The History of the Nurse’s Cap

When we think of nurses, we imagine women in white, their thick-soled shoes beating a fast path toward needy patients. Or we remember pictures in children’s books of Florence Nightingale’s elegant form passing through barracks of wounded soldiers; the only light in the room comes from the single lantern she carries. These traditional images of the nurse aren’t complete without one essential item: her cap.

Nurses’ caps had both practical purposes and symbolic significance. Though it’s difficult to pin down an exact time period when wearing caps became standard practice, there is a mild consensus that they became prevalent in the mid-1800s.  Some say that caps were originally donned by the Sisters of Charity of St. Vincent de Paul in Paris, where one of the first official nursing schools was established in 1864.

Since nuns were among the first women to be trained as nurses, and to train nurses in turn, the original caps were akin to habits. Social mores of the time also necessitated the caps, since women were expected to keep their heads covered – even indoors. These longer caps served more than just the dictates of fashion; they also helped to keep a nurse’s hair out of her face as she worked, which facilitated more sanitary conditions.

Below see images of our very own employee nurses caps:

[flagallery gid=22 name="Nurses Caps"]

For Florence Nightingale, unarguably one of the leading lights in nursing, the cap was inextricable from the profession itself. When she organized a mission of mercy to Scutari during the Crimean War, Nightingale required her nurses to wear a special uniform and nurse’s cap. After the war, she set up the Nightingale Training School at St. Thomas’ Hospital; there, the longer, more bonnet-like caps were eschewed, and students wore shorter, square-shaped caps with their uniforms.

In many ways, the history of the nursing cap correlates to the history of women’s social liberties. As time passed and long hair was no longer de rigueur, the caps served as signifiers for a particular nurse’s educational background and level of expertise. Different nursing programs and hospitals offered their own caps: some caps were ruffled and frilled, others were starched stiff and box-like; some were Dutch-styled, winged caps, others looked like knotted kerchiefs. For instance, if you were a patient in the 1900s, and the woman checking your pulse was wearing a cap delicately fluted with point d'esprit lace, you knew that you were in the capable hands of a graduate from the University of Maryland School of Nursing. This cap was called “the Flossie” in honor of Florence Nightingale.

Though caps like “the Flossie,” or Philadelphia General Hospital’s “double frill,” or the Bellevue Training School for Nurse’s simply — yet aptly — named “fluff” were beautiful to behold, they were cumbersome to care for. Some caps had to be continually replaced, at expense to the nurse herself. Still, the unique beauty of these caps, and the immaculate orderliness they evoked, no doubt inspired generations of future nurses.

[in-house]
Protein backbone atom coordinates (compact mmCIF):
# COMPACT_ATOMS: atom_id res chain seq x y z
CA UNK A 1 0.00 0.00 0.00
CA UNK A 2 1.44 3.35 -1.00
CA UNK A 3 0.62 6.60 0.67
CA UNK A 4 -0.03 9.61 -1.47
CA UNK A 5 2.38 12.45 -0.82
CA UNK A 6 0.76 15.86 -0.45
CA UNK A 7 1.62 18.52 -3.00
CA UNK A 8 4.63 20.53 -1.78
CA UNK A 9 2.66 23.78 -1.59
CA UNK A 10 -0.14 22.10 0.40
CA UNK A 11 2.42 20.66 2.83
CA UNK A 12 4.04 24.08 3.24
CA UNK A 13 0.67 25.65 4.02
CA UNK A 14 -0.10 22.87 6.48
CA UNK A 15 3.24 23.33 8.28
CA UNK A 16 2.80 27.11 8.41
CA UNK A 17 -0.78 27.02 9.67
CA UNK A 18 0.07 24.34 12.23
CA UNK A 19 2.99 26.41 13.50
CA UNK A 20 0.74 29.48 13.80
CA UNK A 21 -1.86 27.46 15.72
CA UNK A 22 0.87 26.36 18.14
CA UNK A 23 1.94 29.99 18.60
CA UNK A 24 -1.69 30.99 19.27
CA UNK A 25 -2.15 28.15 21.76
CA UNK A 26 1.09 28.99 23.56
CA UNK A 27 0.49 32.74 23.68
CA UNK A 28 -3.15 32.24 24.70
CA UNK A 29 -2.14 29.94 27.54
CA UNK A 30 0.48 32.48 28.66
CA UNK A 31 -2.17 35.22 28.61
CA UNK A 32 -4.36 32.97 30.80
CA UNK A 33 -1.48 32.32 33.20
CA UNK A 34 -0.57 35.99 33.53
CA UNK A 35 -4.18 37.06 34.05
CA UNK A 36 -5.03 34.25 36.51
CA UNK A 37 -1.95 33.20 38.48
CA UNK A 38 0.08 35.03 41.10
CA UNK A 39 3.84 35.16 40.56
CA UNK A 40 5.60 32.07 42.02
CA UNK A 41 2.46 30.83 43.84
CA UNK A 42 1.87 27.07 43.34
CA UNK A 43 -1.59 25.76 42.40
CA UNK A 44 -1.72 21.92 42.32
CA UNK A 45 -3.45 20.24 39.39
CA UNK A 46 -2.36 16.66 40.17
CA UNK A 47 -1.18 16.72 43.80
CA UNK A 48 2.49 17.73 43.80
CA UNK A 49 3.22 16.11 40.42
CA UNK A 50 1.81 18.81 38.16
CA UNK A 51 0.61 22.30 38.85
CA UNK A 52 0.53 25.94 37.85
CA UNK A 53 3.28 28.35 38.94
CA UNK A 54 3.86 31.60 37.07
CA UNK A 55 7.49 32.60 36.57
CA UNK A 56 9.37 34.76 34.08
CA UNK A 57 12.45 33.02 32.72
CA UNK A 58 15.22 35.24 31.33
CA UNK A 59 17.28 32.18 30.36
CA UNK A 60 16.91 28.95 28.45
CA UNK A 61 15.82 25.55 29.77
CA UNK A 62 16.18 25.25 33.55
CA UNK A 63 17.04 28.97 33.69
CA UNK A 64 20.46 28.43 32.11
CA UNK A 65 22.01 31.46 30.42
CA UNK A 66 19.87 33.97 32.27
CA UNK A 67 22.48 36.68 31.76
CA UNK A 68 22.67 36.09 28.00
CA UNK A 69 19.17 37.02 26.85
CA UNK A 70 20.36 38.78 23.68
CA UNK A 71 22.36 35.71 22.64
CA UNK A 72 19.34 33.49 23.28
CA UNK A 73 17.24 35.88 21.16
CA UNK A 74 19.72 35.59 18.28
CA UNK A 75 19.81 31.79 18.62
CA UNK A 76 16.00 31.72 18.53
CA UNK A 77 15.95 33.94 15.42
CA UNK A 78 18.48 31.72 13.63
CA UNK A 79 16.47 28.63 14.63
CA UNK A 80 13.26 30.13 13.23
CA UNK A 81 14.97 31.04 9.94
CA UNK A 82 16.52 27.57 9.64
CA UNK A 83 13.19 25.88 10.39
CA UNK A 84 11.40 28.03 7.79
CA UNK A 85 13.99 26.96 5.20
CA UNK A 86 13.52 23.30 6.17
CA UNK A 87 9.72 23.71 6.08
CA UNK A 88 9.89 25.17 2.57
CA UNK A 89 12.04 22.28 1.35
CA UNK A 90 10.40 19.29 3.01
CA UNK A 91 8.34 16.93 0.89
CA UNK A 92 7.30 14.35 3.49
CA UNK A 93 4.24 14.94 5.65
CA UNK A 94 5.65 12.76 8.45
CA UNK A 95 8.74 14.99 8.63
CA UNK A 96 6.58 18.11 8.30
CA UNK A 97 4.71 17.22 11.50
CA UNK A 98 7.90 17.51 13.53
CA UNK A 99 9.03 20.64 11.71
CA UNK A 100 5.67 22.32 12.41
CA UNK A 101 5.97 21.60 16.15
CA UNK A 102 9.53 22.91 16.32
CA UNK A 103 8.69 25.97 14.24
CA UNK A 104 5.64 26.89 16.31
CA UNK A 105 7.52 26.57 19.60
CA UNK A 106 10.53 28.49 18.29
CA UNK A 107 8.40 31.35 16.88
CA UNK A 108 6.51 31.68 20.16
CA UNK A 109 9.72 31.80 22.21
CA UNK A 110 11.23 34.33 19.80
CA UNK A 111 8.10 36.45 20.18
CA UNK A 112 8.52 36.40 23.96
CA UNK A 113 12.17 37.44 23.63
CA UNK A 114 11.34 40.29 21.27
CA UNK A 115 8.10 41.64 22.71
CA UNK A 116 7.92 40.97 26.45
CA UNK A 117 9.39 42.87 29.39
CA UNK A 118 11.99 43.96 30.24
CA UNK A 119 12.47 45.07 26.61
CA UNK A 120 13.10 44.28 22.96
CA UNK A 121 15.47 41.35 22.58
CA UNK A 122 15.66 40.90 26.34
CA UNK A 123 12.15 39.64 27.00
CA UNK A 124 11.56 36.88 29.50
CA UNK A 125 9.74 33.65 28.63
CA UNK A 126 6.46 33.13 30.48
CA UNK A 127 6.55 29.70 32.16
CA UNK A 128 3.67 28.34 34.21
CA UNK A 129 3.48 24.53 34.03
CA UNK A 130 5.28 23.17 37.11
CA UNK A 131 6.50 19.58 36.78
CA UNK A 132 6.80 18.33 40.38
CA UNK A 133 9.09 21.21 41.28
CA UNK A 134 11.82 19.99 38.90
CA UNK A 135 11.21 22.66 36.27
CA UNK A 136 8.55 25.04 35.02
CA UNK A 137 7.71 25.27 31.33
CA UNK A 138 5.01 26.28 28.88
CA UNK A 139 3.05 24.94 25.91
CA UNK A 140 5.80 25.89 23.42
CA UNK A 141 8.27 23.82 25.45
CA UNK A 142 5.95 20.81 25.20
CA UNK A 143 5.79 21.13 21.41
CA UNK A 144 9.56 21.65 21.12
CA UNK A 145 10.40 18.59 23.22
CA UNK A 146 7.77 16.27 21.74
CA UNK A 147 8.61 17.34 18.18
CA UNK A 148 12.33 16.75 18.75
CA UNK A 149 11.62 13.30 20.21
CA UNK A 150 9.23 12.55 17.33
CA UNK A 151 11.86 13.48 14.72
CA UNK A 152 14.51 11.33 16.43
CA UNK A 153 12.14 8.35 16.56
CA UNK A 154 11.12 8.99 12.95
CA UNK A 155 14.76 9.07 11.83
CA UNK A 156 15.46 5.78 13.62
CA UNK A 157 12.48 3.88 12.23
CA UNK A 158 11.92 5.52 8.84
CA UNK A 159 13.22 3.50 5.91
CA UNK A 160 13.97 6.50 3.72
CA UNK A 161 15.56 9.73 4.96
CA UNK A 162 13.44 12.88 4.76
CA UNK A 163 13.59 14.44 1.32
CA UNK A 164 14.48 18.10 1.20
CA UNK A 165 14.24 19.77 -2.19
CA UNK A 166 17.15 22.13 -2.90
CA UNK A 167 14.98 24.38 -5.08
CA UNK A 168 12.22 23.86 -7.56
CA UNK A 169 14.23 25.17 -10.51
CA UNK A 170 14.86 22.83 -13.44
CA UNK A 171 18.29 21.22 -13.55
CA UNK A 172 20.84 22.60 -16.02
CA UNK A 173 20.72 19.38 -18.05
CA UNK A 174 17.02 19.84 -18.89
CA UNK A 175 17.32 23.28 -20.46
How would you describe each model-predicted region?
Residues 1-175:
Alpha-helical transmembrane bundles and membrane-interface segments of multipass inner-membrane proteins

Caps also facilitated a sense of community among nurses, no matter where they ended up practicing. In a letter to the American Journal of Nursing, dated 1931, a nurse named Julia Gardner wrote, “When entering a strange hospital, as an affiliating student or visitor, it is almost like seeing a familiar face to see the cap of one's own school on a nurse there.”

Caps were bestowed to both student and graduate nurses in a rite of passage known as a capping ceremony. Early ceremonies were conducted after three, six, nine or 12 months of training (whatever constituted a probationary period for each school). Sometimes these “probationer’s caps” were plain white versions of the graduate’s cap – in which case, completion of the nurse’s training was marked by the addition of a black stripe. Other schools opted to make their student and graduate caps entirely different. Capping ceremonies were often held in churches, where, before the students’ friends and families, they’d be “capped” by an instructor or by a mentor student, usually referred to as a “big sister.”

Being capped symbolized accruing the knowledge and prowess needed to truly serve as a nurse. Capping ceremonies were often emotional affairs with guest speakers testifying to the value of nurses within their communities. As one speaker at a 1938 graduation powerfully expressed, “the nurse's cap means to you what the soldier's uniform means to him. When this cap is pinned on your head, it means you have become a member of one of the noblest professions and have subscribed to its ideals of service. You are no longer merely an individual responsible for her own acts; you are part of the nursing profession.”